Posts Tagged: James Baldwin
I met one of my favorite writers before she ever published a single story. We were classmates vying for our MFAs in Creative Writing from Florida International University and would smile at each other from across the room. She was shy, but never defensive, in workshop and always strove, really made the effort, to answer questions about her work and decisions on the page as fully as she could....more
Poet Safiya Sinclair, author of Cannibal, takes part in the Kenyon Review Conversation series with insight into race in America from a Jamaican’s point of view. Living in a white academic bubble in Charlottesville, VA, immersing herself in slavery-era texts and James Baldwin, she describes how she discovered the ways racism is reduced to the symbolic and coded into language—“hidden in plain sight.” “For example:” she says, “Why is the name ‘killer bee’ interchangeable with ‘Africanized bee’?… coded language makes its way into our vernacular, often shielded under the unimpeachable banner of science.”...more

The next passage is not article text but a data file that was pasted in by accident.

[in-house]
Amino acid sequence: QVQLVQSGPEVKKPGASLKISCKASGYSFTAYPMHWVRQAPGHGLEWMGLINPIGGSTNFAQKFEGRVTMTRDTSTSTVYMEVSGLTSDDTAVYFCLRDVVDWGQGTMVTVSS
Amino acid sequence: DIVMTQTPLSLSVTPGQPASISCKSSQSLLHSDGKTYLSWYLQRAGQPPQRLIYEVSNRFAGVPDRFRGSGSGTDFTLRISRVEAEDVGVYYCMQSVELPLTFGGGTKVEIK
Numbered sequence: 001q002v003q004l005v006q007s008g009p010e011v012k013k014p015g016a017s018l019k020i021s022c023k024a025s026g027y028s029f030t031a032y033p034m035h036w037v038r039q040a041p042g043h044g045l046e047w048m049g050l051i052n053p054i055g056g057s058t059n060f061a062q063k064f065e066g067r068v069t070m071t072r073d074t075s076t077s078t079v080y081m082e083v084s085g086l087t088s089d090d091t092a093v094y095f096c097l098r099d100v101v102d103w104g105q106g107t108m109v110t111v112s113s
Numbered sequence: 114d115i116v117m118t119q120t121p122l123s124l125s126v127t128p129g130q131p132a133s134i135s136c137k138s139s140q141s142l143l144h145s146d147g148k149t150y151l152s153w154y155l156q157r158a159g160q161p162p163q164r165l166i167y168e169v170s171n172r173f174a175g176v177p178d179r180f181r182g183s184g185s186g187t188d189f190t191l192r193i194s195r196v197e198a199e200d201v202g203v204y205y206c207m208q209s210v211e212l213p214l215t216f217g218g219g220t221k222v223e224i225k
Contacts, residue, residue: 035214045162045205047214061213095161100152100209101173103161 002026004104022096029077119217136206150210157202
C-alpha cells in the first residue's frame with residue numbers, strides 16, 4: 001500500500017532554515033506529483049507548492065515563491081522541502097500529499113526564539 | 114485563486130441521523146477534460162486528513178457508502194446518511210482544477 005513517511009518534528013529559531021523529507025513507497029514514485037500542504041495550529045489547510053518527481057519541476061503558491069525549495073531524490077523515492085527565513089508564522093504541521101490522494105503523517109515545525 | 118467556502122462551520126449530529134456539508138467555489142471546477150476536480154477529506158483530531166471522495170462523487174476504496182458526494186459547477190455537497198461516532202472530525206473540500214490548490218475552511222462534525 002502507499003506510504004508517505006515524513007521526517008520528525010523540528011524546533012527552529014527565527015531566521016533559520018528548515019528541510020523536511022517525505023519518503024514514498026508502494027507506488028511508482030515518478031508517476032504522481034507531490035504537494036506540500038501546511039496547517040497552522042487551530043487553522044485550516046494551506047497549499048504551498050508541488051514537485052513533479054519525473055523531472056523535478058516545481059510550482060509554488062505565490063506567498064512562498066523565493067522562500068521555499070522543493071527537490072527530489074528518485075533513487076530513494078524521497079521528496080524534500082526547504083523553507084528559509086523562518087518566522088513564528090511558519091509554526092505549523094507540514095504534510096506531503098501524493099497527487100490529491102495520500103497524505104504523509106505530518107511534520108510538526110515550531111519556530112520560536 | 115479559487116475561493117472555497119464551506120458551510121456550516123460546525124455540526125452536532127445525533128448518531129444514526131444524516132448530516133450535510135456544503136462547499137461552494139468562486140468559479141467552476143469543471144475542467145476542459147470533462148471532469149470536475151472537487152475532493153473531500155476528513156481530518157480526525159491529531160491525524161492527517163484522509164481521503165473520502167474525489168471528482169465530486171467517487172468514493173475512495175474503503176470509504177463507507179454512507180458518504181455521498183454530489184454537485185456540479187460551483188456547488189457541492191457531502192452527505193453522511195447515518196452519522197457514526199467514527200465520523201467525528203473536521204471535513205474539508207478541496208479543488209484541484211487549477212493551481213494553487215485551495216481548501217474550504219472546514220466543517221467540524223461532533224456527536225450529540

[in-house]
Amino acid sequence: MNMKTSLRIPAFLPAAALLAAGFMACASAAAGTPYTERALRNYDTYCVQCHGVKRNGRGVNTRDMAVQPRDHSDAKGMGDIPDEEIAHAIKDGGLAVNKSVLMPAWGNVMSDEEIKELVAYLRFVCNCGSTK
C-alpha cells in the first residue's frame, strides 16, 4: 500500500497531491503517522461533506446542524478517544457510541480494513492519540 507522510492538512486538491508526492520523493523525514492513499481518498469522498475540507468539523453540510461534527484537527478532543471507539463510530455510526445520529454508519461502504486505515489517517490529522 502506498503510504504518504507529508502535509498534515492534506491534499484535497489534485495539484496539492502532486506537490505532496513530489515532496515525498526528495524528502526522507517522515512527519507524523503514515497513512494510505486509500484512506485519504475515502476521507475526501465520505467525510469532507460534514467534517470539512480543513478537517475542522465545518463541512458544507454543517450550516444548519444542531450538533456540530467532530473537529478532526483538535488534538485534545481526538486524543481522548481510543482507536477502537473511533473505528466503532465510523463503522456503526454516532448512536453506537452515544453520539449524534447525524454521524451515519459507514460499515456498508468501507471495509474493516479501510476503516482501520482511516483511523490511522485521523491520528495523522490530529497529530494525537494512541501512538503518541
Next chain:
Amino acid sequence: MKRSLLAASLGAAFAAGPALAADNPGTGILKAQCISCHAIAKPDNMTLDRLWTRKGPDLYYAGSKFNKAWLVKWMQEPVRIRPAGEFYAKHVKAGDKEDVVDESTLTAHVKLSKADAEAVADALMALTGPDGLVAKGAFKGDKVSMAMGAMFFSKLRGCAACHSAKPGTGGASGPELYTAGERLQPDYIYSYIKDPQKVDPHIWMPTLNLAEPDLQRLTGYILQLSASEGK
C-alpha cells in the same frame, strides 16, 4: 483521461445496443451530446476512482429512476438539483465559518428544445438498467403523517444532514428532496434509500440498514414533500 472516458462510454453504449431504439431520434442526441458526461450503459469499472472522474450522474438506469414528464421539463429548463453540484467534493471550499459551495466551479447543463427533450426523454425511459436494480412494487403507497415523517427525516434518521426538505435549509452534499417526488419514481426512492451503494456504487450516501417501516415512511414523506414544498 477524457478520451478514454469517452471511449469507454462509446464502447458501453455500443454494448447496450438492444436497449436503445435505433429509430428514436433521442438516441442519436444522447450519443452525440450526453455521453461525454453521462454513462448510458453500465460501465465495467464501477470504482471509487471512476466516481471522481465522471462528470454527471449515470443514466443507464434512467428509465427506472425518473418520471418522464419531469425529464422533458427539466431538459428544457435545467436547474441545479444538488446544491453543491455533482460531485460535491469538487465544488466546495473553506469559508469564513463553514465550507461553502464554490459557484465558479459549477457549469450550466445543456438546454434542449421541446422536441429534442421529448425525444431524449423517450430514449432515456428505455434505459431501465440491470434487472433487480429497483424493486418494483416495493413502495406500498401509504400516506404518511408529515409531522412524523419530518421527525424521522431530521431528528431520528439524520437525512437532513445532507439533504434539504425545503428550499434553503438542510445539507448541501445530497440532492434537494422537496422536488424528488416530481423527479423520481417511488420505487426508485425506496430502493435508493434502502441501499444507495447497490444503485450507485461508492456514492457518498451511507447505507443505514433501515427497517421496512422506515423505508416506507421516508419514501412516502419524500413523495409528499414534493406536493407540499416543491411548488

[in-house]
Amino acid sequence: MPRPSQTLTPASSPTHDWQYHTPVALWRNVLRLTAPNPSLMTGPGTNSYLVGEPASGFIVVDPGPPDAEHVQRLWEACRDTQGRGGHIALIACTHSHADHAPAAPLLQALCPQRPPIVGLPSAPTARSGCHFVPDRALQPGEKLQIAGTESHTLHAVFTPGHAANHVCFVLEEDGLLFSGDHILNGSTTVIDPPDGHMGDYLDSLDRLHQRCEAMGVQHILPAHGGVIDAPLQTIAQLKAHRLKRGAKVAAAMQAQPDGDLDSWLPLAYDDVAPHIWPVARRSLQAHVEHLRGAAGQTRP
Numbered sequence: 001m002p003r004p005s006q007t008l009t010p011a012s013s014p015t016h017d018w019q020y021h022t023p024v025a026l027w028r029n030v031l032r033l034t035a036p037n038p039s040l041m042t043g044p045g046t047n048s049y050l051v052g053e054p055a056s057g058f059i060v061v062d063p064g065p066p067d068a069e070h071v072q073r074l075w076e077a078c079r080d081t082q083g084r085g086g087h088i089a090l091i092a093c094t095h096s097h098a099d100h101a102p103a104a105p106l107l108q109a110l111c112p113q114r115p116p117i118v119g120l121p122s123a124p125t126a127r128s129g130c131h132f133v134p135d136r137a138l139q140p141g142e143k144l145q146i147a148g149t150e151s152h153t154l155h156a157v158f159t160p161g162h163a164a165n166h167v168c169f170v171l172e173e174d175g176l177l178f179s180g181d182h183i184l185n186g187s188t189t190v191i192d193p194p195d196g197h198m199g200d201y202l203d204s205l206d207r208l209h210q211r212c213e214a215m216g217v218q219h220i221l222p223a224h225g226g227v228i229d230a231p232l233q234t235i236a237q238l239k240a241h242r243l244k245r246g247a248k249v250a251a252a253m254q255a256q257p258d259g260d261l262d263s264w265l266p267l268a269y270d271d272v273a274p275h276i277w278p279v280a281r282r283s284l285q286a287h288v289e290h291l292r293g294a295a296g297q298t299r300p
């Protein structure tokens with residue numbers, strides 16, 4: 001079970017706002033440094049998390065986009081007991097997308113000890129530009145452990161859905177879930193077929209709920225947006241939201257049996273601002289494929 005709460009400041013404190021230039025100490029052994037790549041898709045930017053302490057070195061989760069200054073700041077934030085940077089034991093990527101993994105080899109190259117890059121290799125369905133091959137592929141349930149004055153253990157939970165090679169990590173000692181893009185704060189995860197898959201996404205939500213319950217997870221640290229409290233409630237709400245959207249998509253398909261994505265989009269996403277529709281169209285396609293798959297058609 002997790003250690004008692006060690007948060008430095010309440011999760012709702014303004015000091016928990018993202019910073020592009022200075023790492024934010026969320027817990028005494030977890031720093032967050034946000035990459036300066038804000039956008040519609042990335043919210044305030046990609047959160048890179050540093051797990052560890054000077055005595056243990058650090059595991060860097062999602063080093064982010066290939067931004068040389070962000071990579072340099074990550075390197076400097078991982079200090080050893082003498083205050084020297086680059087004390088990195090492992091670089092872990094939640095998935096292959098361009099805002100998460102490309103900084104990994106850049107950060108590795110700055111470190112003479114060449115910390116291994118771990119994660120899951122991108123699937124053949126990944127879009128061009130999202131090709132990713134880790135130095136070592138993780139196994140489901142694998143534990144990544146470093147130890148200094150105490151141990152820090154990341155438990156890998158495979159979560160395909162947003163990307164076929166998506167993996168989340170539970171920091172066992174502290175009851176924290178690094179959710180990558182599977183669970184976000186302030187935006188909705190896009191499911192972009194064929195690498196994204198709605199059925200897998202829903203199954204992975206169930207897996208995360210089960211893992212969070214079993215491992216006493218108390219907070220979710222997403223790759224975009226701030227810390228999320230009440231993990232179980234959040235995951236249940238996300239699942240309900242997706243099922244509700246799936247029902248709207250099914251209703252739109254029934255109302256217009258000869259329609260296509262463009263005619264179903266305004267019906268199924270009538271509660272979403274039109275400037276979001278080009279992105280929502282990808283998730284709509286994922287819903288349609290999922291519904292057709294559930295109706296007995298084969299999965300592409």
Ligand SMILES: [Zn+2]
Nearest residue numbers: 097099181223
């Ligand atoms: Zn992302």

Race was—is—the fundamental American issue, underlying not only all matters of public policy (economic inequality, criminal justice, housing, education) but the very psyche of the nation.
Nathaniel Rich, for the New York Review of Books, writes a loving tribute to and overview of the works of James Baldwin: the intellectual as impossible to be pinned down, writing transcendently about the present....more
I came to her place to take a picture of Baldwin’s typewriter. This is what I told her. But I think I also came because I wanted to see someone who is his flesh and blood. I wanted to see that he was really theirs, their Uncle Jimmy.
Memoir, the offspring of the slave narrative, is not simply a form within the Black literary tradition; it has thoroughly shaped that tradition.
It’s more Baldwin understood that if you are going to say something important about the world it is best if you try to say it beautifully.
For the Millions, Philip Graham considers how childhood traumas can inspire art. In his exploration, Graham looks to works by John Gardner, Rabih Alameddine, and James Baldwin, authors who confront “psychic wounds” and use writing as a method of healing:
We writers are used to looking back, locating in our rough drafts any glimmer that might show the way forward.